“I had no idea that not all kids are hyperactive! Not all boys are aggressive!” She recollects.

The school suggested she get an assessment. She proposed to change the school.

“It was as if I was in denial!” She looks back.

After a lot of deliberation, Pooja convinced herself to go for the tests.

She wanted to prove the school wrong!

The rest results came. Hridhaan was diagnosed with ASD – autism spectrum disorder.

Pooja was shattered.

This was something for which Pooja had no reference. The only thing close to this she knew about was a movie of  Shah Rukh Khan  – My Name Is Khan. Thus, began a long journey of therapies, counselling, searching for the right people, schools, reading, and research. Every time she thought of a child who was special, she thought of her own baby and the unknown child’s struggles would suddenly feel so familiar.

In all of this, Pooja’s husband was her rock. He stood by her. He gave her the confidence that they will get through this as a family.


We never know what we are capable of until we deal with the unknown. Pooja found her calling. An engineer by profession, she became a kindergarten teacher. Her empathy towards children helped her change her career path into something so much more fulfilling.

There is great progress

Two years have passed. Hridhaan is no more hyperactive. He no longer has ASD.  He does have some social anxiety issues but he is independent. He is creative. More importantly, he is a happy child.

The day Pooja found out, she kept asking God,

“Why Me!”

It broke her heart to see other kids her son’s age dance on stage, participate in all kinds of activites, and her kid not being able to do so. But she did not lose HOPE.

Hridhaan may have a long way to go. But what matters is he has come a long way too.

From being a mother who had no idea how to deal with this, today Pooja is a mother who can tell others a thing or two about how to work through this. She has got it. She has made it.

Pooja decided to share this story to give hope to all other mothers who may be in her place today.


“I loved my child the way he is, worked with him without any expectations.. Love and acceptance is everything. Belief is strength and strength is what you can get for yourself and your child”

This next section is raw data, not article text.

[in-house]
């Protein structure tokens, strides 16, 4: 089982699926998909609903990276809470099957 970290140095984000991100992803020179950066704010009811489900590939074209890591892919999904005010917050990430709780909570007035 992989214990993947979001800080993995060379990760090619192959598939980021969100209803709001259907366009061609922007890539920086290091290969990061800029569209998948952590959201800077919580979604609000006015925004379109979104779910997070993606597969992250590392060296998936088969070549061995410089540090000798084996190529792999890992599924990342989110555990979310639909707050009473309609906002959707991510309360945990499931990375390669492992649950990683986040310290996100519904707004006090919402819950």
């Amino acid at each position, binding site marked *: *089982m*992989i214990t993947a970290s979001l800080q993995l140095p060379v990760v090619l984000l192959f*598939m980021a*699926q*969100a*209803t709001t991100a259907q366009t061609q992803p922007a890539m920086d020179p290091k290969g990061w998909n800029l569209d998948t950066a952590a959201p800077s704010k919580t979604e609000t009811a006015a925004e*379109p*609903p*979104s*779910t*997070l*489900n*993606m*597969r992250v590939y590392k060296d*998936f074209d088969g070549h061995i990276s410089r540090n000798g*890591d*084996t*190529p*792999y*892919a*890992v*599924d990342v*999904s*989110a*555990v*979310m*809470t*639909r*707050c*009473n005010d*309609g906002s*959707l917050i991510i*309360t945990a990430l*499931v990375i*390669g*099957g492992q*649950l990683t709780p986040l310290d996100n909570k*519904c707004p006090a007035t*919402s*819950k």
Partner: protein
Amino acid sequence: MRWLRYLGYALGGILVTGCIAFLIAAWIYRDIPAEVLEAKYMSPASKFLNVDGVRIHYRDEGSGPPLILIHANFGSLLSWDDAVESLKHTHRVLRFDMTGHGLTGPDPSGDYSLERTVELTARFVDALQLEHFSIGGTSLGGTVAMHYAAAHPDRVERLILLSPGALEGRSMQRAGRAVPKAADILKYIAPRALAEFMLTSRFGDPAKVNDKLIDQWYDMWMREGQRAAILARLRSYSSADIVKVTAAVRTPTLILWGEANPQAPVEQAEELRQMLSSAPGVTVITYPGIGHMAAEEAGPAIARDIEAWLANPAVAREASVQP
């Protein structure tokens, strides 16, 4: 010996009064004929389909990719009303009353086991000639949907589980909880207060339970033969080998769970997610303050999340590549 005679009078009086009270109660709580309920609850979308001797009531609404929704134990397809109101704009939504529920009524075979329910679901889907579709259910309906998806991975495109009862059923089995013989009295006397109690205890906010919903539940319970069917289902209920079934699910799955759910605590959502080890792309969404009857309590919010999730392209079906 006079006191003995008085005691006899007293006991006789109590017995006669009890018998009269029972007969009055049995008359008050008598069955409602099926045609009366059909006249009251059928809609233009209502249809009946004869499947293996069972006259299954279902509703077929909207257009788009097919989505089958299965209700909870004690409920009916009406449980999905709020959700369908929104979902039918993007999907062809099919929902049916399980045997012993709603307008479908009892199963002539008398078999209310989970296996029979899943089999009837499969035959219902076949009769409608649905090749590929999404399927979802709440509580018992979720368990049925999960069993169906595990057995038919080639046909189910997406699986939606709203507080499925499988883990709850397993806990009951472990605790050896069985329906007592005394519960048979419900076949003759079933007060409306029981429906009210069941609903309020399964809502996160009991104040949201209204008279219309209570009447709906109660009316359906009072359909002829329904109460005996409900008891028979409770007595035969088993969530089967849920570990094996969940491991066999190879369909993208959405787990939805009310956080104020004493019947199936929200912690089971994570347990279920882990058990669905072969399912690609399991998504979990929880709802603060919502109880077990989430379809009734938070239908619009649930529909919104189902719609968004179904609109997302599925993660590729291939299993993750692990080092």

Don’t judge the child. Don’t judge the mother

Image source

I remember watching an episode of KBC recently wherein Ms. Arpita Yadav told Mr. Bachchan that when she saw her baby (with special needs) she thought this is not what she had asked for, and that it took her two years to accept her child the way he was.  The child is doing much better now, and Ms. Yadav is helping other children with her experience.

I had seen articles online about how Ms. Yadav’s statements were insensitive.  I do not think so. I think she was being honest and we should appreciate her honesty.  I feel that a lot of us are kind enough to not judge children. However, we do not offer the same compassion to mothers.  It takes a lot of courage to share a personal story about a child.  A mother has a right to express her disappointment. It is only natural.  Neither had this mother (Ms. Yadav) abandoned her child (like the father) so please, she does not need judgment from random people, who have no clue what she is going through.

I would like to thank Pooja for sharing her story.  My humble request to everyone:

Please teach your children to not make fun of kids who are different.  Kids are intuitive.  A kid will get hurt with mocking remarks and looks.

Stop judging the mothers.  Mothers are human.  No need to glorify motherhood and put a mother on a pedestal from where she can only fall.

Author’s note:

This is the first story to be published in the series, ‘What Kept Me Going’ wherein I am publishing a story of strength and hope shared by my readers.  I am grateful to Pooja for trusting me with her story. Please be sensitive with your comments.

If you would like to share your story, please email me at writetowhynotsayit@gmail.com.